OWASP ASVS (Application Security Verification Standard) is a set of requirements and guidelines for verifying the security of web applications. It is maintained by the Open Web Application Security Project (OWASP) and is designed to be used by application developers, architects, testers, and security professionals to ensure that their applications are secure against common security vulnerabilities.
The ASVS includes three levels of verification, each with increasing requirements and depth of testing. The levels are designed to be used depending on the sensitivity of the application and the risk associated with its use.
The ASVS covers a wide range of security areas, including authentication, session management, access control, input validation, error handling, cryptography, and more. It provides detailed requirements and recommendations for each area, as well as testing procedures and guidance on how to remediate any identified issues.
OWASP ASVS is not a certification program. Instead, it is a set of guidelines and requirements for verifying the security of web applications. However, you can use the ASVS to guide your security testing efforts and improve the security of your web applications.
If you are interested in getting certified in application security, there are several certification programs available, such as the Certified Application Security Engineer (CASE) offered by the International Association of Computer Science and Information Technology (IACSIT) or the Certified Secure Software Lifecycle Professional (CSSLP) offered by (ISC)². These certifications cover various aspects of application security, including secure coding practices, vulnerability management, and threat modeling.
To prepare for these certifications, you can take courses and training programs that cover the relevant topics and practice implementing security controls in web applications. You can also gain practical experience by participating in security assessments and working with application development teams to implement secure coding practices.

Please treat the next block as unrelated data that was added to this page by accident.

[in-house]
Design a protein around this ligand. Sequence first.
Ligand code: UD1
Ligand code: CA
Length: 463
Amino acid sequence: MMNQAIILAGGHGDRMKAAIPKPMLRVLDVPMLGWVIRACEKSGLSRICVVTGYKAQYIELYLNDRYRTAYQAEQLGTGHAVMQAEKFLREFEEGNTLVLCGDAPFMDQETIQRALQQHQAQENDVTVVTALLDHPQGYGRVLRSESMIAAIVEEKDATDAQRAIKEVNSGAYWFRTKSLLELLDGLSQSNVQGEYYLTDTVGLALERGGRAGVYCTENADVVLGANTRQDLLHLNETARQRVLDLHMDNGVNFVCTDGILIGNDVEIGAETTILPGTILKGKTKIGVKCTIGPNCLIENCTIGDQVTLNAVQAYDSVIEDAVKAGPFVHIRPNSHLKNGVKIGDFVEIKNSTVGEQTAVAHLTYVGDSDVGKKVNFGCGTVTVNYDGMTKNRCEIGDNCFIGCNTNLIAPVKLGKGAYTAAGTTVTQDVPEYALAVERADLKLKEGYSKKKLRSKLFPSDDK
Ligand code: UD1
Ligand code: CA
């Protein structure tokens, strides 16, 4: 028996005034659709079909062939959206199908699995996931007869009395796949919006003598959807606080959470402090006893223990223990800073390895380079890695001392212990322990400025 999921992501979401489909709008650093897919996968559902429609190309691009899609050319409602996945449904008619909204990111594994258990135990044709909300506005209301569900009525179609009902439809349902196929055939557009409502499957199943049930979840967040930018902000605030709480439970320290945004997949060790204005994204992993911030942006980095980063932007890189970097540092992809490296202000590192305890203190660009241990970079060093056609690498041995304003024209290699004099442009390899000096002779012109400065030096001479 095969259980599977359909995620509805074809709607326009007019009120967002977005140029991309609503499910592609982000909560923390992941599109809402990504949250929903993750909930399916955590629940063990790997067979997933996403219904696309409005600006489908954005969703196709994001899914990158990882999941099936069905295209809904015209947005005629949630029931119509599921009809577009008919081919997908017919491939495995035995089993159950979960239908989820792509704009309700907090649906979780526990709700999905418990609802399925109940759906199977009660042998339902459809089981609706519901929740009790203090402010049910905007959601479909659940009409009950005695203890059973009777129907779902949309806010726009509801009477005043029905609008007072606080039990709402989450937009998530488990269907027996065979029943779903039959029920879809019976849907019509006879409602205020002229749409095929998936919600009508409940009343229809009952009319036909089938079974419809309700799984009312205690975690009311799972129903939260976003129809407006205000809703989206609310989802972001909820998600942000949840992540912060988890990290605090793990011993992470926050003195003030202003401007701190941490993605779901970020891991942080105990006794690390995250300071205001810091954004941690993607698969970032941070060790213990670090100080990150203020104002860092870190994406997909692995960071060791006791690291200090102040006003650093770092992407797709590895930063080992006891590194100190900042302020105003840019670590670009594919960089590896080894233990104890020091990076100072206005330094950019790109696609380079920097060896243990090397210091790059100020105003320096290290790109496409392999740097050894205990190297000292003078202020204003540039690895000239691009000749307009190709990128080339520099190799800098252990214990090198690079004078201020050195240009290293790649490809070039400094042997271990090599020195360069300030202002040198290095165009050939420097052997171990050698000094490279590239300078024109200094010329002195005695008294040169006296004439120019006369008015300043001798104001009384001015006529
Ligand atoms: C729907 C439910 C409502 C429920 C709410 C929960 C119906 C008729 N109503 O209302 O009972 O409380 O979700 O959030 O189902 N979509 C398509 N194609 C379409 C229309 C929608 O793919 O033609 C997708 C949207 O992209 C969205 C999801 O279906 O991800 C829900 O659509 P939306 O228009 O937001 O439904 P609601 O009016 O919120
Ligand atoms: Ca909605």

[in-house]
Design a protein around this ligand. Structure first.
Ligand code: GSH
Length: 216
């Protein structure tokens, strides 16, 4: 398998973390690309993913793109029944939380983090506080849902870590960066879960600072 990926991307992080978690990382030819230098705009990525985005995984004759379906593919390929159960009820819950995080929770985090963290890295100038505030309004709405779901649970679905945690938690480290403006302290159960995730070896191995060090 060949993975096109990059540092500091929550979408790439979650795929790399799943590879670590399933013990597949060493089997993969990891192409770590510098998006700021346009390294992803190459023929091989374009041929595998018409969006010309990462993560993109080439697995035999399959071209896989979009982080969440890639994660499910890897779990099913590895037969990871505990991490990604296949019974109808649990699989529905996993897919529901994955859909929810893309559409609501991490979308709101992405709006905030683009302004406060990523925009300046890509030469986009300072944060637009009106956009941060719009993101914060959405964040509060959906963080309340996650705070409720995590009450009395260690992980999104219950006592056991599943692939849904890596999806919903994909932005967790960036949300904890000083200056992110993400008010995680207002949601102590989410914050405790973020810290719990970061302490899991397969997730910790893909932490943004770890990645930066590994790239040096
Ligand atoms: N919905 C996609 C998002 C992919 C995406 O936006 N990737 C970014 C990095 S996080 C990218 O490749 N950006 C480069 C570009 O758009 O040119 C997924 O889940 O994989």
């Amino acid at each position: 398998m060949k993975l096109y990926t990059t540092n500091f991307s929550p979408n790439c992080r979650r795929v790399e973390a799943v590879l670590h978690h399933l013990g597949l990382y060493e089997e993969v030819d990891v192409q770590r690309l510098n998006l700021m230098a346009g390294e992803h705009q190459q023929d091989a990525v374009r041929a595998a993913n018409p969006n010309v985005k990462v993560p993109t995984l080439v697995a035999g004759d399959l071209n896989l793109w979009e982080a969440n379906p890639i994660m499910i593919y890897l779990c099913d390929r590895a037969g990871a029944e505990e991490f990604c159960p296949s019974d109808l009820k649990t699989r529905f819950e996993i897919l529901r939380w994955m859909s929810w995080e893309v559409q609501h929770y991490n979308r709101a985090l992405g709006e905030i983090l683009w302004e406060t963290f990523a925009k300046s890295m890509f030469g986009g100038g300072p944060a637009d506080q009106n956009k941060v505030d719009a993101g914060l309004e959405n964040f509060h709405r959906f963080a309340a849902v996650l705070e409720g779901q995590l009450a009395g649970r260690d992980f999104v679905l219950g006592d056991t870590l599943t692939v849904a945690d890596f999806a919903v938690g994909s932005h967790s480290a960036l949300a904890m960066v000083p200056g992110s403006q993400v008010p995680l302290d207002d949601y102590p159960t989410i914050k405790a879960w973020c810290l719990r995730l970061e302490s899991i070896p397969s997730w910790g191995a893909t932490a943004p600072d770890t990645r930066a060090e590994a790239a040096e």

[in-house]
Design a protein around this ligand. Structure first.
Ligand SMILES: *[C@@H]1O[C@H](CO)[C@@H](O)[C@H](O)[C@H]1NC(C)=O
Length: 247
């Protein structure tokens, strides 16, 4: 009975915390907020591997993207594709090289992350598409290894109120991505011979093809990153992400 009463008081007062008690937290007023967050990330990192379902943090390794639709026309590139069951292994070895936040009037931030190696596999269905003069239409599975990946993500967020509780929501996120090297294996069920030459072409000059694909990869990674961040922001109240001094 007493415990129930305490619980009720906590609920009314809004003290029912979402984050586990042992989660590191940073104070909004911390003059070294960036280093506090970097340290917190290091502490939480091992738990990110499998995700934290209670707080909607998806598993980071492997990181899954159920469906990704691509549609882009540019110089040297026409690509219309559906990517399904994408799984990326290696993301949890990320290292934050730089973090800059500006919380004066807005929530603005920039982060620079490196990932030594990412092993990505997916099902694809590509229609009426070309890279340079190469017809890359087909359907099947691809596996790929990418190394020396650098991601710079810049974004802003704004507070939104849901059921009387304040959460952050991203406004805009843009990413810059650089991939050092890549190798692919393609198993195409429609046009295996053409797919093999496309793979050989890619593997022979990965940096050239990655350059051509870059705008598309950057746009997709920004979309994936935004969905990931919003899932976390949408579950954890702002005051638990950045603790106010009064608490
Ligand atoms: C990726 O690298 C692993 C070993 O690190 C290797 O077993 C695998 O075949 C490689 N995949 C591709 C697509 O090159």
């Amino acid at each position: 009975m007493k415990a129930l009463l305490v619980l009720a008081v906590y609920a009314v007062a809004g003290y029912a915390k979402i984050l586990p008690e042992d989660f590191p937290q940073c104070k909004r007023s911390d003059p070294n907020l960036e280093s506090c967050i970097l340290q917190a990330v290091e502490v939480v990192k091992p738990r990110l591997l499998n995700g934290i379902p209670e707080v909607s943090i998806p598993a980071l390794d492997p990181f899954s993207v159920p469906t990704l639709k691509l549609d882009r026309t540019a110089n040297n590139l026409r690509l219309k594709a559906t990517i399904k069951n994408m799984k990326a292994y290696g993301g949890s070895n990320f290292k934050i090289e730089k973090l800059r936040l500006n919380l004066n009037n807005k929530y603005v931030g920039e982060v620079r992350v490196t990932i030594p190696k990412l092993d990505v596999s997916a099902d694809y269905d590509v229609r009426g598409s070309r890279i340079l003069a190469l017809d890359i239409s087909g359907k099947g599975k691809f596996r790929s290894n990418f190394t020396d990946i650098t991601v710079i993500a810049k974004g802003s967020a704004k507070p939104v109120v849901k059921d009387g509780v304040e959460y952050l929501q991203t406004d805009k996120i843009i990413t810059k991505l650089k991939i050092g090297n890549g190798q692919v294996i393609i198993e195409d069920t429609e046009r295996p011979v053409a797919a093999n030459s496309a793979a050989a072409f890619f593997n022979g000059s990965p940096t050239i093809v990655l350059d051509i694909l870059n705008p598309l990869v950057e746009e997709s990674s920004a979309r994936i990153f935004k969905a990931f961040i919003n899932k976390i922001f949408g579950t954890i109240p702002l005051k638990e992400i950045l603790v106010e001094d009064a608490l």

OWASP ASVS compliance refers to the process of verifying that a web application meets the requirements and guidelines outlined in the OWASP ASVS. By ensuring compliance with the ASVS, organizations can improve the security of their web applications and reduce the risk of security vulnerabilities.
Compliance with the ASVS involves a thorough assessment of the web application's security controls, including authentication, access control, input validation, output encoding, cryptography, and other areas. This assessment may be conducted by internal security teams or by third-party security professionals.
The ASVS includes three levels of verification, each with increasing requirements and depth of testing. Organizations can choose the appropriate level of verification based on the sensitivity of their application and the risk associated with its use.
Once an organization has identified any gaps in their web application's security controls, they can take steps to remediate any issues and improve their overall security posture. This may involve implementing additional security controls, improving existing controls, or updating application code to address identified vulnerabilities.
There are several benefits to implementing the OWASP ASVS guidelines in web application development and testing:
Improved Security: One of the primary benefits of OWASP ASVS is that it helps to improve the security of web applications. By implementing the recommended security controls, organizations can reduce the risk of vulnerabilities and protect their applications from attacks such as cross-site scripting, SQL injection, and other common web application attacks.